Thunder Bay

Regional COVID-19 response a possibility: Rickford

The MPP for Kenora-Rainy River said Monday it's possible the province may switch to a regional approach to its COVID-19 response.

MPP says there is currently 'no evidence to support' implementing different restrictions in different areas

Greg Rickford, the MPP for Kenora-Rainy River, said Monday the province may switch to a regional approach to the COVID-19 pandemic. (Supplied by the Office of the Minister of Energy, Northern Development and Mines)

The MPP for Kenora-Rainy River said Monday it's possible the province may switch to a regional approach to its COVID-19 response.

However, there's "no evidence" to support such a move yet, Greg Rickford said.

"We will when we can," Rickford said when asked about a regional response during a virtual media availability on Monday. "When we get the signals out here in northwestern Ontario that, like some other regions, we're moving in the right direction, I'm very hopeful that and confident that we'll start to look at a regional approach."

Rickford, however, said variants remain a serious concern, and if case numbers remain high, or begin to increase, more restrictions may be put in place.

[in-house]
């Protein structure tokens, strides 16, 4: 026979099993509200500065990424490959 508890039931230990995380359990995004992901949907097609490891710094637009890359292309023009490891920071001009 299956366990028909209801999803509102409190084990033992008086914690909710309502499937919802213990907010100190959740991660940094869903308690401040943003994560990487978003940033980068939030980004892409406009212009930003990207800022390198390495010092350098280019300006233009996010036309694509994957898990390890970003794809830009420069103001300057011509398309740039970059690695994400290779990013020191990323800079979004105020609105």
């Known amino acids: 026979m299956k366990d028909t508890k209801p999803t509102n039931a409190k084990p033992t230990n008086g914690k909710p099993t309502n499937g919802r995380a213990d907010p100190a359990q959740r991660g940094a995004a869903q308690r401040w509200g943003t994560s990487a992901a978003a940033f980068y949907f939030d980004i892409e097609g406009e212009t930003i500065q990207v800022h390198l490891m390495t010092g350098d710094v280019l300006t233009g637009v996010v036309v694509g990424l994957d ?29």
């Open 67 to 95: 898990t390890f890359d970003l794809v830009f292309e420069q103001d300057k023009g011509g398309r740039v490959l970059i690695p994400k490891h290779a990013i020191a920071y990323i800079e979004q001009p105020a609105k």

"I think ... that the next scenario would be a far more aggressive shutdown, that would primarily focus on manufacturing and essential construction activities," he said. "And we've tried to preserve and protect that. We've taken a far more surgical approach in our vaccines, even though our vaccine supply has been unreliable and, in my respectful view disappointing, in terms of ... what we were told we were expecting."

Rickford said the province is currently focusing on vaccinating as many people as possible; the age of eligibility for the AstraZeneca vaccine, for example, will be lowered to 40 as of Tuesday.

Rickford said vaccine supply remains a "key and critical issue," noting it falls within the purview of the federal government.

Rickford's media availability came just days after Ontario Premier Doug Ford announced a province-wide stay-at-home order was being extended until May 20. That announcement also carried with it more restrictions, including further limits on gathering sizes, retail store capacity, and the closure of Ontario's borders to non-essential travel.

Ford also initially announced police would have the power to randomly stop pedestrians and vehicles, and ask people why they weren't at home.

However, that measure was walked back the next day.

Rickford said he isn't concerned about a confidence vote at Queen's Park, nor are there any plans to hold an early election.

"We do have budget matters that are before the legislature right now that are always matters of confidence," he said. "But we do have a majority."

Rickford said triggering an election early "would be very irresponsible."

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